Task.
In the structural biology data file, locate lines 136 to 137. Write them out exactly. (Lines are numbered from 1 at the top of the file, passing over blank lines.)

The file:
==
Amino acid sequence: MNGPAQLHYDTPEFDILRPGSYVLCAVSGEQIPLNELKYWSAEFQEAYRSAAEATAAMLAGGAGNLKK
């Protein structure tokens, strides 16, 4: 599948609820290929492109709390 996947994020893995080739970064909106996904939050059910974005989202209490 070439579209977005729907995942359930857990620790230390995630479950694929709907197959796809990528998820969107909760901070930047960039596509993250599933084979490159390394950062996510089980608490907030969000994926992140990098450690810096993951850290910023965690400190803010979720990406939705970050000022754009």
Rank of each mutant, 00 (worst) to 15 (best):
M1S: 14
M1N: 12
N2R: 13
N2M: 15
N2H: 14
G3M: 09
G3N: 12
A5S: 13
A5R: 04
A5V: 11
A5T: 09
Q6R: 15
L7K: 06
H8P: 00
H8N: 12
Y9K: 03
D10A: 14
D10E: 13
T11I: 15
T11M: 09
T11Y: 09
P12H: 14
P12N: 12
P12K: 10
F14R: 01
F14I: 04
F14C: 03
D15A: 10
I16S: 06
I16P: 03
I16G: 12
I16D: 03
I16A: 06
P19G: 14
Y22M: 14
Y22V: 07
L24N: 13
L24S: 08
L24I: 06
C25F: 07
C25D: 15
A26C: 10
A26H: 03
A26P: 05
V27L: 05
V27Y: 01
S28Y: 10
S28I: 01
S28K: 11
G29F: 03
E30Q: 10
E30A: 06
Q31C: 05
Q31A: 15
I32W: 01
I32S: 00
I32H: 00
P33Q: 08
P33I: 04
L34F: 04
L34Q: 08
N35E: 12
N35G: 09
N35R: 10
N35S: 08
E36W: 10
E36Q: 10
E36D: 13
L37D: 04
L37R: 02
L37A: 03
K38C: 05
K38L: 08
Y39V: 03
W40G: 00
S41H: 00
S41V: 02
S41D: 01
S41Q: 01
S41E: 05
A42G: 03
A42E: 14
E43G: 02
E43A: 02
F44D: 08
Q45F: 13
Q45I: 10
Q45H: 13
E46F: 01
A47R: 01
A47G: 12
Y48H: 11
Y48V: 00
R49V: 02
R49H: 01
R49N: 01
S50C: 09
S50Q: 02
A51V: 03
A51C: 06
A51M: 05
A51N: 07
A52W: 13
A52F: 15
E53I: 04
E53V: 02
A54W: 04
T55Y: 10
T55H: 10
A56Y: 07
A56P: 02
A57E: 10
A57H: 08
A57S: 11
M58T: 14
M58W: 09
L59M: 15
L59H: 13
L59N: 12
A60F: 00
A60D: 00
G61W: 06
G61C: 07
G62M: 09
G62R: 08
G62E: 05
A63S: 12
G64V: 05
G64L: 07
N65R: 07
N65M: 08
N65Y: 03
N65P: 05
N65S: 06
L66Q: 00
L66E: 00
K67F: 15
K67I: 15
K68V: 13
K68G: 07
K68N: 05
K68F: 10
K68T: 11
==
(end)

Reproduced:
N65P: 05
N65S: 06